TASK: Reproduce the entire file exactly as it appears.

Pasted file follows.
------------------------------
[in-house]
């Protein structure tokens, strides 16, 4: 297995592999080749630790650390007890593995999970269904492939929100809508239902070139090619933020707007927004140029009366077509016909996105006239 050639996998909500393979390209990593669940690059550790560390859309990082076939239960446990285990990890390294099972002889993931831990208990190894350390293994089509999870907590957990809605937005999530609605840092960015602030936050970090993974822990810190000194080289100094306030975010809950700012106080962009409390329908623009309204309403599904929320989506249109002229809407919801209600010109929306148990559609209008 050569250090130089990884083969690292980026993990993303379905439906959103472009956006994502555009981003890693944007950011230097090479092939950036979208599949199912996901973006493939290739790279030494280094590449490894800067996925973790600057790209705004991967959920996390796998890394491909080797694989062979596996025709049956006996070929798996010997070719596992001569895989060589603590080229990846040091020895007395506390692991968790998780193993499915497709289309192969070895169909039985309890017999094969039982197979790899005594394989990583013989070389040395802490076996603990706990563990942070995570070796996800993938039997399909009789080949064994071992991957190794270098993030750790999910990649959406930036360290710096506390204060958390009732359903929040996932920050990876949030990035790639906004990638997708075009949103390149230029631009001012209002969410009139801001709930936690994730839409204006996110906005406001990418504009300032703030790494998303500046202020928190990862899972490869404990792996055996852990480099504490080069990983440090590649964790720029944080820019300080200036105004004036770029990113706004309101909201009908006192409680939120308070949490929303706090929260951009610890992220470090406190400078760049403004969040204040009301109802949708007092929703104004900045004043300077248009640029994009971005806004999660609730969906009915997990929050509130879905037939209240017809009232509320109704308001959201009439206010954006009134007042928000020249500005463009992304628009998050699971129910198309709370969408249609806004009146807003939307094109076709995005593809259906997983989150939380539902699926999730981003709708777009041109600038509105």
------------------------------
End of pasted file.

[in-house]
């Protein structure tokens, strides 16, 4: 297995592999080749630790650390007890593995999970269904492939929100809508239902070139090619933020707007927004140029009366077509016909996105006239 050639996998909500393979390209990593669940690059550790560390859309990082076939239960446990285990990890390294099972002889993931831990208990190894350390293994089509999870907590957990809605937005999530609605840092960015602030936050970090993974822990810190000194080289100094306030975010809950700012106080962009409390329908623009309204309403599904929320989506249109002229809407919801209600010109929306148990559609209008 050569250090130089990884083969690292980026993990993303379905439906959103472009956006994502555009981003890693944007950011230097090479092939950036979208599949199912996901973006493939290739790279030494280094590449490894800067996925973790600057790209705004991967959920996390796998890394491909080797694989062979596996025709049956006996070929798996010997070719596992001569895989060589603590080229990846040091020895007395506390692991968790998780193993499915497709289309192969070895169909039985309890017999094969039982197979790899005594394989990583013989070389040395802490076996603990706990563990942070995570070796996800993938039997399909009789080949064994071992991957190794270098993030750790999910990649959406930036360290710096506390204060958390009732359903929040996932920050990876949030990035790639906004990638997708075009949103390149230029631009001012209002969410009139801001709930936690994730839409204006996110906005406001990418504009300032703030790494998303500046202020928190990862899972490869404990792996055996852990480099504490080069990983440090590649964790720029944080820019300080200036105004004036770029990113706004309101909201009908006192409680939120308070949490929303706090929260951009610890992220470090406190400078760049403004969040204040009301109802949708007092929703104004900045004043300077248009640029994009971005806004999660609730969906009915997990929050509130879905037939209240017809009232509320109704308001959201009439206010954006009134007042928000020249500005463009992304628009998050699971129910198309709370969408249609806004009146807003939307094109076709995005593809259906997983989150939380539902699926999730981003709708777009041109600038509105």